Farmers encouraged to take part in annual bird count

The count was launched in 2014 to highlight the positive work done by farmers in helping to reverse the decline in farmland birds
The count was launched in 2014 to highlight the positive work done by farmers in helping to reverse the decline in farmland birds

Farmers are being encouraged to take part in an annual bird count which is back in 2020 for its seventh year.

The project calls on farmers, land managers and gamekeepers to spend 30 minutes spotting species on their land between the 7 and 16 February.

Crucially, the results will aim to determine which farmland birds are benefiting from conservation efforts while identifying the ones most in need of help.

Organising the count this year is Dr Roger Draycott, who is head of advisory services for the Game & Wildlife Conservation Trust (GWCT).



He said: “Farmers are vital in helping to ensure the future survival of many of our most cherished farmland bird species like skylarks, yellowhammers, corn buntings and wild grey partridges.

“They are responsible for managing the largest songbird habitat in this country on their land but frequently their efforts to reverse bird declines are largely unrecorded. We believe our Count will help remedy this.”



“We understand the crucial role that land managers play in the survival of farmland birds and we want to give them an opportunity of showing what their conservation efforts deliver on the ground”.

“It is also a satisfying way to discover the different range of birds that are on the farm and the results can be surprising.

“We hope it will spur land managers on to do even more work for their farmland birds in the future and that it will act as a catalyst for them to start building their own long-standing wildlife records.”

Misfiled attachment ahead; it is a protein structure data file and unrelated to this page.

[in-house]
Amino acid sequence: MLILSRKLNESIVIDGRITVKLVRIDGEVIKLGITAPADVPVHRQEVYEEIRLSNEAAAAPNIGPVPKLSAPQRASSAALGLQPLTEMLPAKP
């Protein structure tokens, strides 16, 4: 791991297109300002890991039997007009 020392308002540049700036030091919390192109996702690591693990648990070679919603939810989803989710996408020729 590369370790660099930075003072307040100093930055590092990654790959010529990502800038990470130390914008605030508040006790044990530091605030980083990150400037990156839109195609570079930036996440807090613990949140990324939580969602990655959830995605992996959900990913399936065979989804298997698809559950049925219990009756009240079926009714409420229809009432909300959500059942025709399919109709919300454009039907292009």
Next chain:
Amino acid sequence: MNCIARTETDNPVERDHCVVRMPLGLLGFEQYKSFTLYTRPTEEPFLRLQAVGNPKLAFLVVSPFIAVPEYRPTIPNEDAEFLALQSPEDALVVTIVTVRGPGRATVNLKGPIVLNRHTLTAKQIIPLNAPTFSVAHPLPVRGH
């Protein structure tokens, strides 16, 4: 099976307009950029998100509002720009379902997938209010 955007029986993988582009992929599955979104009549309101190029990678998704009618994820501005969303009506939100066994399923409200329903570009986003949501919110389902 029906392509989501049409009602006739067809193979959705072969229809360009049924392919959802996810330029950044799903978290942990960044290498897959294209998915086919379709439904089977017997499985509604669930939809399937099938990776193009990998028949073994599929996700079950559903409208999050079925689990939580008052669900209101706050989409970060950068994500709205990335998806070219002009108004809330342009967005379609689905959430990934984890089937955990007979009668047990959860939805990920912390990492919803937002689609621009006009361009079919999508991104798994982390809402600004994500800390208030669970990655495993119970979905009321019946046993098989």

Last year was a record-breaking count with 1,400 people taking part – a 40% increase on the previous year, recording 140 species over 1 million acres.

Numerous landscape-scale farmland conservation projects now take part in the count, offering feedback results at the landscape level as well as the individual farm level.

Encouragingly, a total of 30 red-listed species were recorded in 2019, with five appearing in the most-commonly seen species list.

These included fieldfares, starlings, house sparrows, yellowhammers and song thrushes, with the first four seen by over 30% of the farms taking part.



The NFU, which is sponsoring the count for the second year running, said the event highlights the fact that farmers balance conservation work while producing food.

President Minette Batters said: “Farmers carry out a huge amount of work to maintain and enrich habitats and wildlife and are responsible for protecting, maintaining and enhancing 71% of the nation's iconic countryside.

“I would encourage all farmers to take part in the February count and submit your records to the GWCT, so we can pull together a vital national snapshot of the state of nation when it comes to farmland birds.”

At the end of the count, the results will be analysed by the Trust. All participants will receive a report on the national results once they have been collated.